1. Always clear snow and ice from the machine
Before beginning a work shift, operators should clear any snow or ice that may have settled on their excavator overnight. Snow may look soft and fluffy but once it compacts it can interfere with the movement of the boom and arm. If it compacts around a hydraulic cylinder, for example, it could even cause the component to break. Operators should clear the steps to the cab to ensure safe entry and exit, as well as the around all the windows to make sure visibility is not obscured.
2. Complete daily visual inspections
Regular excavator maintenance inspections are always important but particularly in wintry conditions. Before stepping into the machine, operators should check the hydraulic hoses as freezing temperatures can degrade the composition of the rubber tubing. Once stressed by hot hydraulic oil, cracks may rupture spilling litres onto the ground in a matter of seconds. If a hazardous material spillage occurs, construction companies may face fines for environmental damage on top of costly clean-up and repairs.
3. Protect hydraulic cylinder rods from corrosion
Repeated exposure to snow, ice and salt can cause the chrome on the hydraulic cylinder rods to rust over time. Operators should fully retract the rods when possible to help decrease the potential risk of damage. Regular steam washes of the excavator exterior will also help remove any build-up of salt.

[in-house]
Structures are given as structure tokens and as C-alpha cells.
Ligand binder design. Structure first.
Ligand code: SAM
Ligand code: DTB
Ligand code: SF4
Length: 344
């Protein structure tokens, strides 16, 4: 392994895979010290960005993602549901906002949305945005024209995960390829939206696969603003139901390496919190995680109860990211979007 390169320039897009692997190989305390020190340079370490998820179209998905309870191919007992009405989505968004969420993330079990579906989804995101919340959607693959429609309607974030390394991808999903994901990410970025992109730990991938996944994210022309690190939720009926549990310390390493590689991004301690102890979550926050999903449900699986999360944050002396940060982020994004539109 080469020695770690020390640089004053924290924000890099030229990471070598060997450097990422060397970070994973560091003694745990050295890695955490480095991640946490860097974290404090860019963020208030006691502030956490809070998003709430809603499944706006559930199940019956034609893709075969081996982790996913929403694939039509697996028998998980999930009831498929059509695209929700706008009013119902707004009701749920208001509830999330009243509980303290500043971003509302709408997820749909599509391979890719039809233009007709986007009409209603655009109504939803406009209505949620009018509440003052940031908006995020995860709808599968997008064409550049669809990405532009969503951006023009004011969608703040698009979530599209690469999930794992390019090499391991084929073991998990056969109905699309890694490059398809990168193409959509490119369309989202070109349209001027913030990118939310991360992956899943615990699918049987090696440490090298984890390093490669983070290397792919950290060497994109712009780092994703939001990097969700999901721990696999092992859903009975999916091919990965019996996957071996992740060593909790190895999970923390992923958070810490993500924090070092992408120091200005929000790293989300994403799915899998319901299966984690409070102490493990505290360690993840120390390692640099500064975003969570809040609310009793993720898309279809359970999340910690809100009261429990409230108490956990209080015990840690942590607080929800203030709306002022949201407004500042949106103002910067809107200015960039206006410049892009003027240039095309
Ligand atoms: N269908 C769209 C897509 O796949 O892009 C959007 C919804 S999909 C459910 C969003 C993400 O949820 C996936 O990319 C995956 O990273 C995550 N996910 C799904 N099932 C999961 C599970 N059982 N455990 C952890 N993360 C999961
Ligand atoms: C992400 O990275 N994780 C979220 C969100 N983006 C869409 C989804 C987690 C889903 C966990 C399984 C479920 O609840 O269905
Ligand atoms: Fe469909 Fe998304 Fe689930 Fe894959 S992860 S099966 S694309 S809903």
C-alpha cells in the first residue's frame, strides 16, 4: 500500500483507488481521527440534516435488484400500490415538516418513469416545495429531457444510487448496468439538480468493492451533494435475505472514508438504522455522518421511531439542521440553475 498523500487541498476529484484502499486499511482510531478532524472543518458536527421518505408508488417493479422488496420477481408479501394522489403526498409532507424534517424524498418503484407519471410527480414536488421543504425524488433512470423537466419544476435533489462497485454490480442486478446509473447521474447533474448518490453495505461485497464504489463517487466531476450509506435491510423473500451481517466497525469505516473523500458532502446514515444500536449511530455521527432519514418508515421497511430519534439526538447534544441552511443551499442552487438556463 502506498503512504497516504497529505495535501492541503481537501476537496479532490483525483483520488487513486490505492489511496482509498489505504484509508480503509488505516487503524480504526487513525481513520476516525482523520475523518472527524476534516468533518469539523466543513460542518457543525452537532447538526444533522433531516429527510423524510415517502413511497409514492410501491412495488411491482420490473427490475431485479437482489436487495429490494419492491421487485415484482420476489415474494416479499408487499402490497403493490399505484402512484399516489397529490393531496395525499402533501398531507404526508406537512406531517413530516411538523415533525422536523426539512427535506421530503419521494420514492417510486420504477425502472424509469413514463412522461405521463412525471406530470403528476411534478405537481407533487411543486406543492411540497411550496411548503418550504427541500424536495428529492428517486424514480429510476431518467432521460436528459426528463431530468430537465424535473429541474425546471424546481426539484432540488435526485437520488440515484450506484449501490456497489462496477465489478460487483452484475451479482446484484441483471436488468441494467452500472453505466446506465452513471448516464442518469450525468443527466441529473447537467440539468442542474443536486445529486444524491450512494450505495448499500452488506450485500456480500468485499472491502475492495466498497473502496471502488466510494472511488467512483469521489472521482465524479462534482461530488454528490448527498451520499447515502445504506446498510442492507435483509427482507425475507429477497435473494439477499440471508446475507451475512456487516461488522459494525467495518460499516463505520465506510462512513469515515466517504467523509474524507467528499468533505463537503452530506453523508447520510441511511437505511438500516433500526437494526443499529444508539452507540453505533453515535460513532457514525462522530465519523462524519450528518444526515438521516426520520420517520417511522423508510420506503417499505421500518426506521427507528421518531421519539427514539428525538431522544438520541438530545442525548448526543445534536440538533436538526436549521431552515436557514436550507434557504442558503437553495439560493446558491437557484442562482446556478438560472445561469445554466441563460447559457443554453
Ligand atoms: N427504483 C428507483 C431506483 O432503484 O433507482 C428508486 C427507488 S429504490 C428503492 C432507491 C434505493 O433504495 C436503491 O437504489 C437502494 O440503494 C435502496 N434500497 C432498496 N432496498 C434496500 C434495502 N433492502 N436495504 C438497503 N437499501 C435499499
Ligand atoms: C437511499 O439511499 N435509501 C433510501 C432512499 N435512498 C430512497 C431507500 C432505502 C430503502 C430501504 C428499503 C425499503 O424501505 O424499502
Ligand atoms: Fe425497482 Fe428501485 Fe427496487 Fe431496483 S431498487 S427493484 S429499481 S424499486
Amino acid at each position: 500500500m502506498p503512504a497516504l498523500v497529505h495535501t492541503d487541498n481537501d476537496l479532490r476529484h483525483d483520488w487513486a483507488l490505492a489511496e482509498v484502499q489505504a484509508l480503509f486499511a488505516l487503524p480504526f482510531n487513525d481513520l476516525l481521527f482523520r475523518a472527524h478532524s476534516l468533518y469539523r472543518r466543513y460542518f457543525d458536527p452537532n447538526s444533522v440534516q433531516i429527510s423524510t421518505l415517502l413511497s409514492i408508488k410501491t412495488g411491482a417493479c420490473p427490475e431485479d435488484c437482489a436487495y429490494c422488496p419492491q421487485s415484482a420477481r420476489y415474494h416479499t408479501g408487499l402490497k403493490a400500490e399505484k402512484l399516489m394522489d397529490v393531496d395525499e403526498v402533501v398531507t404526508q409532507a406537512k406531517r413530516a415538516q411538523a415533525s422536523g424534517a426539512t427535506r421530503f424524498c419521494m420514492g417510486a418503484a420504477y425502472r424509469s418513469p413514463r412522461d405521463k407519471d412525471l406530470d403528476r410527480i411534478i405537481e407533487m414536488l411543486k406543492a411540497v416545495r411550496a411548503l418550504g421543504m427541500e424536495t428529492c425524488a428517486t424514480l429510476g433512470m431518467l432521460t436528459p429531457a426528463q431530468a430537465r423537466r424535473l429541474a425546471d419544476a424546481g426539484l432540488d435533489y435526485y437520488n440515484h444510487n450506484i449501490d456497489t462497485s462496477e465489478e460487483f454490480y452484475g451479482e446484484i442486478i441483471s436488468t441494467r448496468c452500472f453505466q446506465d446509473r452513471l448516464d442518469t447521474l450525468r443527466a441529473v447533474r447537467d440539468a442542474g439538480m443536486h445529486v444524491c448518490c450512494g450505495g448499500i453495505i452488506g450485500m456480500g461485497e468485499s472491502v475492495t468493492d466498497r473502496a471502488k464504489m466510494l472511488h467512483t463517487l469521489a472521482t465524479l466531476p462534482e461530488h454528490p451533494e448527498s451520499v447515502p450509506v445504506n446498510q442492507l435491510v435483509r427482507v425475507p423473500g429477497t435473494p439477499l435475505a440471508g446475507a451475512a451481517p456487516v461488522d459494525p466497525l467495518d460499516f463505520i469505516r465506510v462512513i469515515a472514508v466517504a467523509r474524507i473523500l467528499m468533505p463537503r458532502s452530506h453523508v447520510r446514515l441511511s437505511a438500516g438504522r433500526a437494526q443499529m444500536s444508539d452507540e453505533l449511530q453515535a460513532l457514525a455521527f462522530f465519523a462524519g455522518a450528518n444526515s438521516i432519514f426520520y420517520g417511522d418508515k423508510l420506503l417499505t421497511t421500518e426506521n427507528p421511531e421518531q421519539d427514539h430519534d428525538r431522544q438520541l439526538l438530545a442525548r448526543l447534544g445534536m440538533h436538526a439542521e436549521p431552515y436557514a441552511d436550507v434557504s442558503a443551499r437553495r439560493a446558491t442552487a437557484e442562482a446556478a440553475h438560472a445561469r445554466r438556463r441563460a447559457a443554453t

4. Give the excavator enough time to warm up and cool down
The basic steps of starting up and shutting down an excavator require special attention in extreme cold. Before any work can be done, the operator should give the engine and hydraulic systems time to warm up. Once the engine has stabilised, after about five minutes of idling, the operator should start moving the machine slowly to warm up the entire system. The operator can start working at full power as soon as the temperature indicators in the cab reach normal range. At the end of the work shift, the operator should also allow one and a half to two minutes of idle time before shutting down power.
5. Pay careful attention to traction
While excavator tracks are designed to achieve as high traction as possible, there is still a risk of sliding in extremely icy conditions. Operators must remain vigilant at all times of their position and traction on the jobsite and exercise caution with their movements to avoid an accident. Owners of wheeled excavators may wish to switch to dedicated winter tyres to improve grip on frozen surfaces